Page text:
Sometimes you’ll find it’s easier and more natural sounding to edit out an “um” that transitions into a word (for instance, when someone says “Ummmmm my personal preference is…” ) if you edit out the “uh” sound in “um” and then do a longer crossfade on the second word.  A word of warning: to make your speakers sound as natural as possible, try to edit out as little of the surrounding audio around a filler word as possible. If you start cutting words too close together, you quickly lose the natural flow of the speaker and the edits will sound more distracting than the “ums” and “ahs” ever did. With a little practice, you’ll find that you can pull out dead air and filler words in a way that sounds natural and keeps the pace of your show up!

Next, we have to deal with the crosstalk that is building up on our tracks. If you have a podcast and haven’t been gating or scrubbing your tracks to get rid of crosstalk, this is the single biggest improvement you can make. Basically, anytime someone isn’t speaking, you want make sure their track is muted some way. Without doing this, speakers can start to sound distant and the noise floor (the amount of noise on a track when no one is talking) can become distractingly high.

A lot of people will suggest setting up gates, and we do have one on Trileveler, but we don’t want to depend on this to keep out the crosstalk and keep in the good stuff, because oftentimes podcasts are recorded in less than ideal places, and in some cases the crosstalk might be louder than the speaker. You’ll run into this lots if you try recording someone loud and boisterous with someone quieter and more reserved in the same room, the loud person will oftentimes be louder on the quieter person’s track than the quiet person is!

So, to deal with this, we’re going to pull out any audio we don’t need with our trusty Z button. Highlight the audio you want to delete with a right click/drag (if doing it over multiple tracks, make sure you drag the box over  all the audio you want deleted) and press Z. It’s very simple, but can be time consuming to do, as the more people you have in an episode, the more audio you have to delete. The two best ways to do this, I’ve found, is to either pull out all the crosstalk before you start making cuts, so you just get it out of the way, or do what I call rolling edits, where you select audio and delete it while the audio is playing, and then press F to centre Reaper on the currently playing audio again. This last way is a little more advanced, but it saves you from going through the episode twice!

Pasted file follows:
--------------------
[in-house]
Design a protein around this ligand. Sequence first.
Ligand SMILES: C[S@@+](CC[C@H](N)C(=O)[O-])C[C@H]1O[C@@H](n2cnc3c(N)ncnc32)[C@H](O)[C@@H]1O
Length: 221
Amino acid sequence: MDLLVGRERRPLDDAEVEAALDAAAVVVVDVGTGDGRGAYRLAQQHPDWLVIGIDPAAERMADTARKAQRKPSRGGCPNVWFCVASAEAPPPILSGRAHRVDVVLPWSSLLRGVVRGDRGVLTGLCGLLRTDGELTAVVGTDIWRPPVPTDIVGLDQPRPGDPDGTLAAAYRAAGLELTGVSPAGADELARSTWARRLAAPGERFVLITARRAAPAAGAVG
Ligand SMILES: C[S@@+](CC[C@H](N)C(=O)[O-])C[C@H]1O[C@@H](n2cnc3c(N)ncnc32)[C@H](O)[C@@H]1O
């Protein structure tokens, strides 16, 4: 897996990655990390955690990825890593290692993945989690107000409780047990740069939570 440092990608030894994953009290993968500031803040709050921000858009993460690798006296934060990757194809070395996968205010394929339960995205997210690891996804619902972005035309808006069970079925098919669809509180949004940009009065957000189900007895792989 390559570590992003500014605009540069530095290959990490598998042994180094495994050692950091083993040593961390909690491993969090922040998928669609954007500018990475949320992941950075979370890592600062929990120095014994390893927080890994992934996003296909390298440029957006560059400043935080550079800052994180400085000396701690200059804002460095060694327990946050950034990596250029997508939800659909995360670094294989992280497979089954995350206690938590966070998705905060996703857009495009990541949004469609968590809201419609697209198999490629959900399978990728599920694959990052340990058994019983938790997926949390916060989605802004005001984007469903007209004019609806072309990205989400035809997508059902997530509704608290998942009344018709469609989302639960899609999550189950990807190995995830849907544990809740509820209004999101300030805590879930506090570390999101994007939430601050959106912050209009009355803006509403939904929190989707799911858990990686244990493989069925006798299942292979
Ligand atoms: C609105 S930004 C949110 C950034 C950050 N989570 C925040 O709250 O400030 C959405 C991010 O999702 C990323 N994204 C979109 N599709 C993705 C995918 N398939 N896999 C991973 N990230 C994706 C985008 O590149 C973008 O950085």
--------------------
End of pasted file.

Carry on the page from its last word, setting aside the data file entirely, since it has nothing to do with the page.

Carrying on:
Finally, let’s talk about breaths. After editing hundreds of podcasts, I can say without a shadow of a doubt that every person’s breathing patterns are as unique as a fingerprint, and they are all annoying. Now, you may not share this opinion, and find the laboured wheezing of a particularly annoying braggart a comical juxtaposition that would be of benefit to your podcast, but by and large we’ll want to edit out the sharp intakes of air people take while they’re in the middle of making a point. These can be particularly sibilant and can be fatiguing on listeners’ ears. However, if we ripple edit out the entirety of every breath our guest takes, they start to sound very unnatural and almost robotic, while simply deleting the breaths can leave long, awkward gaps.

Instead, try splitting the difference. Delete the entirety of the breath, and then ripple edit out half of the resulting silence. I have found that nearly every time I employ this trick, the result sounds more natural than either edit on their own.

Putting it all Together
The main part of our podcast editing is done. However, if yours is like most podcasts, you have separately recorded intro, outro, music cues and maybe an ad to insert into your podcast once you’re done editing the main part. This is where ripple editing proper becomes very effective. Under Options select Ripple Editing Off to change it to Ripple Editing Per Track and then once more to Ripple Editing All Tracks. With this enabled, left clicking and dragging any clip will move the highlighted clip and every clip on every track after it at the same rate, allowing you to quickly make room for the intro and ads in the podcast.

Be wary though: never move tracks too quickly with ripple editing enabled, as you can sometimes move clips to different tracks and mess up the sync of the podcast. Always be ready with Cmd to undo any mishaps.

If you’re putting music underneath your voice, take an EQ and dip out some frequencies around the fundamental (80-120 Hz) and a broad swath in the high end (around 2-8kHz) to make your voice really pop out and not get lost in the music.

For most music bought from royalty-free music sites, bringing down the volume 8-12 decibels and then doing the EQ tuck gives best results. 
When you’re happy with your podcast, go to File Render and you’ll be greeted with a pop up window. Here are the settings to use if your podcast is fairly talk oriented, with the occasional music cue:

Source: Master Mix
Bounds: Entire Project
Choose your output directory
File Name: $project
“$project” gives your rendered track the same name as the project, which is a handy time saver
Sample Rate: 44100 Hz
Channels: Mono
Full-speed Offline
Use Project Sample Rate For Mixing and FX/Synth Processing
Resample Mode (if needed): Fast
Tracks with only mono media to mono files
Output format: MP3
Mode: Constant Bitrate (CBR)
Bitrate: 96 kbps

It should be noted that for rendering there is no final word on the best way to do things. However, this guide is making sure you conform to the most commonly accepted guidelines for podcasts. For instance, you may see that -16 LKFS (Loudness, K-weighted, relative to Full Scale, a way of measuring loudness) is recommended for podcasts, but we’ve set our individual tracks to -19 LKFS. However, because of panning laws, our mono file will gain 3dB of volume when going from stereo-to-mono so in the end we will be at -16 LKFS.

In the coming weeks and months we’ll be expanding out our guides to individual components (like rendering or compressors or other helpful reaper action chains), and even into the best ways to record and distribute your podcast. That being said, I encourage you to experiment with these settings and fine-tune it to the unique nature of your podcast.